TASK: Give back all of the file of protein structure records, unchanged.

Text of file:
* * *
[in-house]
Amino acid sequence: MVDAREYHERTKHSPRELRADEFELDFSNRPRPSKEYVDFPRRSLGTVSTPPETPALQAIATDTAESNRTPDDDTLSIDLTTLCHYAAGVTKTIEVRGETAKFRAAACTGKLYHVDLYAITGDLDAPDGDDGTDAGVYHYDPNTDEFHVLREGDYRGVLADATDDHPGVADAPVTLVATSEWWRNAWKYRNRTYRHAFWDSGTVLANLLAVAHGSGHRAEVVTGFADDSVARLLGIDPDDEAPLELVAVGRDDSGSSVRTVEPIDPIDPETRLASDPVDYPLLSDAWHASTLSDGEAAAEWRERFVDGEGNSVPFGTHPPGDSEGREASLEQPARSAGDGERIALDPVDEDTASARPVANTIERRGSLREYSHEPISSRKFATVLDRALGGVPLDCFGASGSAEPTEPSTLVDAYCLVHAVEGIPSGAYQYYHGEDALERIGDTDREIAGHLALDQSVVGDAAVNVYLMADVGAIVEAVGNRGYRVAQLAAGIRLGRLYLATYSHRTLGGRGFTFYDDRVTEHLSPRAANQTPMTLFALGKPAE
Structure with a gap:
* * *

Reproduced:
[in-house]
Amino acid sequence: MVDAREYHERTKHSPRELRADEFELDFSNRPRPSKEYVDFPRRSLGTVSTPPETPALQAIATDTAESNRTPDDDTLSIDLTTLCHYAAGVTKTIEVRGETAKFRAAACTGKLYHVDLYAITGDLDAPDGDDGTDAGVYHYDPNTDEFHVLREGDYRGVLADATDDHPGVADAPVTLVATSEWWRNAWKYRNRTYRHAFWDSGTVLANLLAVAHGSGHRAEVVTGFADDSVARLLGIDPDDEAPLELVAVGRDDSGSSVRTVEPIDPIDPETRLASDPVDYPLLSDAWHASTLSDGEAAAEWRERFVDGEGNSVPFGTHPPGDSEGREASLEQPARSAGDGERIALDPVDEDTASARPVANTIERRGSLREYSHEPISSRKFATVLDRALGGVPLDCFGASGSAEPTEPSTLVDAYCLVHAVEGIPSGAYQYYHGEDALERIGDTDREIAGHLALDQSVVGDAAVNVYLMADVGAIVEAVGNRGYRVAQLAAGIRLGRLYLATYSHRTLGGRGFTFYDDRVTEHLSPRAANQTPMTLFALGKPAE
Structure with a gap: